Leaving your home Wi-Fi network unsecured is like leaving your front door unlocked while you're on vacation. Sure, you could go weeks without a problem, but you'd never know if a stranger was sleeping on your couch, ransacking your refrigerator, or stealing your big-screen TV. You wouldn't leave your home unprotected, so why not protect your personal data from falling into the wrong hands? It only takes a few steps to secure your Wi-Fi network.

Change the Default Login

Some router manufacturers have standard administrator passwords and default SSID (or network) names, while others have that info printed on each device itself. The exact combination varies from model to model, but it's easy enough for a hacker to gain access with just a quick Web search. When you first set up the network, give your SSID a new name that you’ll easily recognize and choose a strong password. It's the best and number one line of defense against hackers.

Don't Disable SSID Broadcasting

By default, your router will broadcast the name of your home network (or SSID) to the surrounding area so Wi-Fi devices can identify it and connect. But contrary to popular belief, disabling your SSID's broadcast won't keep bad guys with the right software from finding your Wi-Fi network. You're really only hiding or "cloaking" it, and if no other security is configured, you're open to attacks when it's found. In fact, disabling SSID broadcasting can actually cause connectivity issues, as some systems only work when the access point has SSID broadcasting enabled.

Enable the Firewall

Your router's firewall is like a traffic cop that polices your network and prevents Web traffic from going into areas it shouldn't. Configure your firewall so file sharing and printer sharing are disabled. Then enable "stealth mode" to block ICMP traffic—also known as ping requests. This way, hackers can't access your private data or scan your network for configuration weaknesses. The best way to determine if your router's firewall is working is to try to penetrate it, so test it with GRC's Shields UP! or other security-probing software.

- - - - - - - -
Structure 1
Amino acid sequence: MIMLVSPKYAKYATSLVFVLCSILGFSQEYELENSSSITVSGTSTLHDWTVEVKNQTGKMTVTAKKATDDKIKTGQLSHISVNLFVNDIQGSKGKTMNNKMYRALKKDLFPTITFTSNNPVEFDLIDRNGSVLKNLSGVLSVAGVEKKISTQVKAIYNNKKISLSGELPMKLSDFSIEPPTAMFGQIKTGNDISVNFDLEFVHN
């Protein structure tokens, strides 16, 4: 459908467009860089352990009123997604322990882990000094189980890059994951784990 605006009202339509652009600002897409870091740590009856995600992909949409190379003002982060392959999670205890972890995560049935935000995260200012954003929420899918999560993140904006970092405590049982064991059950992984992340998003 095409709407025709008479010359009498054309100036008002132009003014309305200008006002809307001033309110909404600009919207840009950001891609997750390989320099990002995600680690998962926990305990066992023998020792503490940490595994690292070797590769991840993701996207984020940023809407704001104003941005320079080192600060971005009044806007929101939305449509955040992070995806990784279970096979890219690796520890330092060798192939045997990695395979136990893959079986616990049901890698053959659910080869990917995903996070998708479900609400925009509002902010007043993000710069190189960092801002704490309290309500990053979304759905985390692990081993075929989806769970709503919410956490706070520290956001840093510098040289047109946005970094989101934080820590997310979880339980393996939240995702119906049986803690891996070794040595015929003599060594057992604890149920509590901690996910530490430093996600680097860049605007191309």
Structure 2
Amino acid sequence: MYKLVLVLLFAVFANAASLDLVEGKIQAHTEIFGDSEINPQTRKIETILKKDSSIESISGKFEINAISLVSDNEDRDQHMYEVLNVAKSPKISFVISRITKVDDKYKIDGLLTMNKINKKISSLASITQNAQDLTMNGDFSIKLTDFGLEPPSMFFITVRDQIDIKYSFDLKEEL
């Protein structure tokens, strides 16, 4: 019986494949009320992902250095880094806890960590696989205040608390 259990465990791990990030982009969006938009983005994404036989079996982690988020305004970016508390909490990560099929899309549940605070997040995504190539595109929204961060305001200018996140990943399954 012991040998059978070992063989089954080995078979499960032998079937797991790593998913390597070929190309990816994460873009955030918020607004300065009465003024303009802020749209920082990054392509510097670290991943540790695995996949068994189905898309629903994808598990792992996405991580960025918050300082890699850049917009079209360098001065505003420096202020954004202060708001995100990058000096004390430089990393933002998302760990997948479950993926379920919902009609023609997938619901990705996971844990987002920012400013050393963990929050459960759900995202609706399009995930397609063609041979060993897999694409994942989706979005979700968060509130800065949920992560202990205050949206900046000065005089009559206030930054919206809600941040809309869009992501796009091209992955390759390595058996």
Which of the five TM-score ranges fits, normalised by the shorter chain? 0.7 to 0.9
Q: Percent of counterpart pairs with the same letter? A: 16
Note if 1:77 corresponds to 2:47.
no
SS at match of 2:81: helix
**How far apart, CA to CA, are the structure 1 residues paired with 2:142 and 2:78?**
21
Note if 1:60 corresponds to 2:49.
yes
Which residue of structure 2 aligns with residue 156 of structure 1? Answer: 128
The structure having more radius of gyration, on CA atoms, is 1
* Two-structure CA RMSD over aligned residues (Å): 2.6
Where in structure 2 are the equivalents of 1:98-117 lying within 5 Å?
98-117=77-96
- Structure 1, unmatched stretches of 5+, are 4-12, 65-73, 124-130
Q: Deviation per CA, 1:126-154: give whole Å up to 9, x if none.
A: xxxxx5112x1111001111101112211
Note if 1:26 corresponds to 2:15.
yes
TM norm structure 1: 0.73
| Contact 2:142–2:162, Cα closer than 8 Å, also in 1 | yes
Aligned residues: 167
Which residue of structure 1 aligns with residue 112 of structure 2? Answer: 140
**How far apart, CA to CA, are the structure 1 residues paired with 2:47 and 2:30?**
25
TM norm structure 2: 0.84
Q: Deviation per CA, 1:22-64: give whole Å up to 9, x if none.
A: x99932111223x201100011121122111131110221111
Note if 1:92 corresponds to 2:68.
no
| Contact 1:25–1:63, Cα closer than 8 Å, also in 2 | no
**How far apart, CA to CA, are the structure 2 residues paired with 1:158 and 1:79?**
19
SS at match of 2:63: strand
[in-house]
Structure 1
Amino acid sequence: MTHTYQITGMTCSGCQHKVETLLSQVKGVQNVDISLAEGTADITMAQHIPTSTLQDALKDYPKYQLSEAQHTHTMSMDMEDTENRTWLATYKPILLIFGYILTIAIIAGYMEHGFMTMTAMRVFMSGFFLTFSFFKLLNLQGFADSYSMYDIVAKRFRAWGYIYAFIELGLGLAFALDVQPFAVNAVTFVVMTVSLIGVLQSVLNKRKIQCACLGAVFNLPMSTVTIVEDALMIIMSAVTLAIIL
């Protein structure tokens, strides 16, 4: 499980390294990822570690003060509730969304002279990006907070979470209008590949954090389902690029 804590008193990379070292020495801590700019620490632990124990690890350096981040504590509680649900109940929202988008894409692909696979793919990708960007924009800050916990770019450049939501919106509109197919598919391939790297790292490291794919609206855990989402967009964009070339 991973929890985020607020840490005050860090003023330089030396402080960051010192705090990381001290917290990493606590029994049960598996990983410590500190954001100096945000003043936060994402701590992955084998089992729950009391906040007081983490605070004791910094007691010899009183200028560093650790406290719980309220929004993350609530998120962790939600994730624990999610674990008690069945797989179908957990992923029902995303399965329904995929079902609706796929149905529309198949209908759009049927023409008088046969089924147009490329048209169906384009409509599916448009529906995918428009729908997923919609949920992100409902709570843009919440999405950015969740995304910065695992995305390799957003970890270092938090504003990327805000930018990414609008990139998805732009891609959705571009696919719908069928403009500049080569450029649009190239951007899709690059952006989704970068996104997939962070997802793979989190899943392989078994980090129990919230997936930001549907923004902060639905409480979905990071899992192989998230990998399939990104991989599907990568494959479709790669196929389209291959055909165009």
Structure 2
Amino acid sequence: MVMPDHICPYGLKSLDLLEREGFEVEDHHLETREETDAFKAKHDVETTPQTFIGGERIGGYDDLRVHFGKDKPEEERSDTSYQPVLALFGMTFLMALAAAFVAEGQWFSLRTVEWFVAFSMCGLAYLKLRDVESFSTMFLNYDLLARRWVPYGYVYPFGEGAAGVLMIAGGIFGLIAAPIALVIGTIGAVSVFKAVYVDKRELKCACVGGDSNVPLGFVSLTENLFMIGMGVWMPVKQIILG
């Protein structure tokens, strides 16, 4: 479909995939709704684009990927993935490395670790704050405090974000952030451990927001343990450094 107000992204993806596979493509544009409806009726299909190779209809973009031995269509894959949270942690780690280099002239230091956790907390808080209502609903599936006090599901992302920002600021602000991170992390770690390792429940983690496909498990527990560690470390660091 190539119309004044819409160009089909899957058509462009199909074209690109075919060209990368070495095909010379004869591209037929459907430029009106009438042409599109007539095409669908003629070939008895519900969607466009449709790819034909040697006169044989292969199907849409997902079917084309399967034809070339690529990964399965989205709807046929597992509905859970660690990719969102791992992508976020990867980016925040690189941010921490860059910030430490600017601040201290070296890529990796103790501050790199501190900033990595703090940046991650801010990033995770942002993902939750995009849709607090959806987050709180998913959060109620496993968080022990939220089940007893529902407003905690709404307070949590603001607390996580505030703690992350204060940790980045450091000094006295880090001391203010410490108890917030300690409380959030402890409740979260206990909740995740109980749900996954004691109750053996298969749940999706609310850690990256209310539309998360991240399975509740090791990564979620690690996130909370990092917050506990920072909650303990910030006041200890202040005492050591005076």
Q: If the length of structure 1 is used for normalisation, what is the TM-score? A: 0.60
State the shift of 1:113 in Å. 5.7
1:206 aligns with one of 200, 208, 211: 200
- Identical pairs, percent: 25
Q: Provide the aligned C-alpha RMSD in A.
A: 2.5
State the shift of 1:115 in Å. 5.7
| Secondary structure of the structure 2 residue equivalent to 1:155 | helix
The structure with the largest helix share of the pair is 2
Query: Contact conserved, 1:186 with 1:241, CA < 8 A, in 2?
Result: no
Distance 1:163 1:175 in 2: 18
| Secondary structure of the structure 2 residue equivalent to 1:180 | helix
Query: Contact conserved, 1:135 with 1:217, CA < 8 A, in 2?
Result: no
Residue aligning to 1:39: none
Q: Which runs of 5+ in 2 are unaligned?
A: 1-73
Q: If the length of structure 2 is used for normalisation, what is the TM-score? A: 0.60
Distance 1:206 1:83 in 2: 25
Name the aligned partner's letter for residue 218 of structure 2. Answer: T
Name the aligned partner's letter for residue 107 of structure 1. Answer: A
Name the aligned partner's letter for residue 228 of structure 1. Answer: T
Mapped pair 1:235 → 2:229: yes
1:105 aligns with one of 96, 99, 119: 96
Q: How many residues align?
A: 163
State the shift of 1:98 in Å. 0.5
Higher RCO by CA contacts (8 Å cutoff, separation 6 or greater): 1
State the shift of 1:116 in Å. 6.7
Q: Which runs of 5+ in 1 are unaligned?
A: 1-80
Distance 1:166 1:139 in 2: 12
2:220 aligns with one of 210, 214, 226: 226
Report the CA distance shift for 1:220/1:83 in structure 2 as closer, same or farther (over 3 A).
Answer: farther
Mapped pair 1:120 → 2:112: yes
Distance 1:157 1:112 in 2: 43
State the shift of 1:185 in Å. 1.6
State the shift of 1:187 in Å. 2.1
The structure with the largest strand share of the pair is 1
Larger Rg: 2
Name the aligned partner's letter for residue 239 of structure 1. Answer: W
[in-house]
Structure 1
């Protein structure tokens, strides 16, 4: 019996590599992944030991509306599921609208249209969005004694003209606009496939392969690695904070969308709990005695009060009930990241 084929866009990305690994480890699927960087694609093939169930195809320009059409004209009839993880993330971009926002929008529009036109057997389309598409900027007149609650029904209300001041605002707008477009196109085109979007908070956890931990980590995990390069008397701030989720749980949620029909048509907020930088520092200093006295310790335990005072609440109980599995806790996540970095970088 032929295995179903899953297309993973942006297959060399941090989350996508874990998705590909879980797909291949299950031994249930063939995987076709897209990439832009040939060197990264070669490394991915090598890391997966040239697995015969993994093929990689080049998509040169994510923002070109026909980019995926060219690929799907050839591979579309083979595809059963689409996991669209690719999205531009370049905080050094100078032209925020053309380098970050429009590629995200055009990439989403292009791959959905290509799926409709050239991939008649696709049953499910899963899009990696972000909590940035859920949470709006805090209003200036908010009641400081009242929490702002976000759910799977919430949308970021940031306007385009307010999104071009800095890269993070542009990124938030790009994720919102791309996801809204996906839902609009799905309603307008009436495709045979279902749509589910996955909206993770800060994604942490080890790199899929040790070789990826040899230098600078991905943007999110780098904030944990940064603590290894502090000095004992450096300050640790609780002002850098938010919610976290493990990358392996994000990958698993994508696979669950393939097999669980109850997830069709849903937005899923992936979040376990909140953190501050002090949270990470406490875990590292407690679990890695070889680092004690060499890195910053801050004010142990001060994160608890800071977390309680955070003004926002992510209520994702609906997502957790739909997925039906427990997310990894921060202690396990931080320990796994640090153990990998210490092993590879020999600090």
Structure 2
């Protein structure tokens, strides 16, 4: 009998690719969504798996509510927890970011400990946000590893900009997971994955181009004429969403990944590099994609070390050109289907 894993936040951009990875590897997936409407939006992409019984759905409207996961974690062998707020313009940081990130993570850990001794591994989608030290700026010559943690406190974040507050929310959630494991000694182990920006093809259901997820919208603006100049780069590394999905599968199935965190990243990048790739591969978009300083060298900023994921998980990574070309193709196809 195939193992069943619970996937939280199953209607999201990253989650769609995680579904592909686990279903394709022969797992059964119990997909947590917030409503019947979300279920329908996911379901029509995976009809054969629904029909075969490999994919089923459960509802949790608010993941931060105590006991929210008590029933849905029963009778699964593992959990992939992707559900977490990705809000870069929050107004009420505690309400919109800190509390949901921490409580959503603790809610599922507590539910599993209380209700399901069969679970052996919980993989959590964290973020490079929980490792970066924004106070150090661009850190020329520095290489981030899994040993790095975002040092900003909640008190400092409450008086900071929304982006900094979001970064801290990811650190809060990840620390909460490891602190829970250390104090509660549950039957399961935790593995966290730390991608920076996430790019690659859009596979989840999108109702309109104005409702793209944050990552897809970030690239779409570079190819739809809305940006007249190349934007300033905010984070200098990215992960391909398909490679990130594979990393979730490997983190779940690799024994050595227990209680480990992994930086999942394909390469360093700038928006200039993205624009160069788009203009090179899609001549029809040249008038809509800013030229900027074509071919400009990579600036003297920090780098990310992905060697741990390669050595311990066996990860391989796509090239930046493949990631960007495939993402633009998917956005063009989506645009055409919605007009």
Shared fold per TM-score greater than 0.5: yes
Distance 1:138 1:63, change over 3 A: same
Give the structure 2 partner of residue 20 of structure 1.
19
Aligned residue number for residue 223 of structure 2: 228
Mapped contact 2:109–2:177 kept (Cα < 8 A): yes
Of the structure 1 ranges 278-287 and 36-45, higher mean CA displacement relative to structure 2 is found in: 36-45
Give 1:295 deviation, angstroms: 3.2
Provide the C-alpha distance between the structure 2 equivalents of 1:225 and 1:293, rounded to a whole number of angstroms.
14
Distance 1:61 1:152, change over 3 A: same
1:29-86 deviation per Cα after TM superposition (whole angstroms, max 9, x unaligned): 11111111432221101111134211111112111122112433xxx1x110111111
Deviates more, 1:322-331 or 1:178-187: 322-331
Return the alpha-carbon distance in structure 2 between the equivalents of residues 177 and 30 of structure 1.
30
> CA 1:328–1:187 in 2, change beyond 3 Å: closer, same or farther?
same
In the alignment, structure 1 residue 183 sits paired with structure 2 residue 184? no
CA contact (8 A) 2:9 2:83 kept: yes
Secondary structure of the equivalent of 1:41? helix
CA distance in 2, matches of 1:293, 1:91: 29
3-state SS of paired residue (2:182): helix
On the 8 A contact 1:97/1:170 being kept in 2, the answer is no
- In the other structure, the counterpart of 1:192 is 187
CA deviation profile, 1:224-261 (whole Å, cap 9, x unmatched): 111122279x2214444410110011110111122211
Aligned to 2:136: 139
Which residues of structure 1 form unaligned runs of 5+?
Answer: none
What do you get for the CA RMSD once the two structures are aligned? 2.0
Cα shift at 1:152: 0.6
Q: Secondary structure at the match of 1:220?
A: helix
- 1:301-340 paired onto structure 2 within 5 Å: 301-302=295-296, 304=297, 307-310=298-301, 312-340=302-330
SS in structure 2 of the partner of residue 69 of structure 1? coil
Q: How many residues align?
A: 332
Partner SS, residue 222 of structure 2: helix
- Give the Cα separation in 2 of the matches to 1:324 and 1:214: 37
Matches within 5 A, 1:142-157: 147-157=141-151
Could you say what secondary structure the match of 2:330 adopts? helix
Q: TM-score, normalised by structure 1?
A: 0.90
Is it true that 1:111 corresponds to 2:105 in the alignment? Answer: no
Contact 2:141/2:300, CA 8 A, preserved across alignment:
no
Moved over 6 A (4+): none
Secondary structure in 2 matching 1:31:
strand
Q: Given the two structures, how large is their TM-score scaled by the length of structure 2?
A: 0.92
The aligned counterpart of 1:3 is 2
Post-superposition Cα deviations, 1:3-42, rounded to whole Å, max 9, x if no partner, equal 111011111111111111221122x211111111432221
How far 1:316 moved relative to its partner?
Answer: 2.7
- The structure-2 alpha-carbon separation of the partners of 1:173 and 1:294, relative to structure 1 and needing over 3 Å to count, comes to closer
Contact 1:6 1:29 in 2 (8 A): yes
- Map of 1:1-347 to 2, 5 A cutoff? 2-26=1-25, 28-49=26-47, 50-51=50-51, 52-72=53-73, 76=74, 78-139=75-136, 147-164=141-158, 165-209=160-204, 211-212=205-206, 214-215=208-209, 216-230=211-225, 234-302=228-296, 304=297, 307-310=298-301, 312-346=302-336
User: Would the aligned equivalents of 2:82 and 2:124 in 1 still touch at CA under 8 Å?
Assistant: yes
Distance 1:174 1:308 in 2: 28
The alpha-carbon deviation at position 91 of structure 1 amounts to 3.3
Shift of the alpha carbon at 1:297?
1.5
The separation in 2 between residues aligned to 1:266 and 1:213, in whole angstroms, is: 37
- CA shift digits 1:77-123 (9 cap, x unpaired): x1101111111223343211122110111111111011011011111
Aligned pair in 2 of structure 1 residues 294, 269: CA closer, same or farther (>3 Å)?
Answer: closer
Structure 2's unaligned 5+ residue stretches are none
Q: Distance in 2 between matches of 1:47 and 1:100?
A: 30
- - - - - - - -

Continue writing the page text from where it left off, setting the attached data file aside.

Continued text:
Update Firmware Regularly

Router manufacturers keep their devices as secure as possible by releasing security updates that combat new threats and vulnerabilities. Be sure to periodically visit the manufacturer's website to check for updates if your router's associated software isn't configured to do it automatically. This keeps you on top of functionality improvements and fixes security issues that may have arisen since the device's firmware was installed.

Other Tips for Wi-Fi Security

  • Don't select a password that is common or weak—like your spouse's first name or birthday—and avoid anything complicated as well. A secure password app on your smartphone can take the hassle out of remembering passphrases.  
  • Updates are an important security measure for all your devices and software, not just your router. Keep your Web browser, computer firewalls, and anti-virus/anti-spyware software up to date.        
  • Of all the encryption Wi-Fi standards, the WPA2 (Wi-Fi Protected Access) security type is the most secure. 
  • Create a separate guest network for non-family members to prevent access to your main network and the computers connected to it. The guest network should have a separate SSID and password that you change periodically.
  • Avoid MAC address filtering, which essentially tells your network which devices are allowed to connect. On the surface, it seems like a viable security measure, but MAC addresses are easily spoofed, and the filters can ultimately cause delays and other connectivity issues.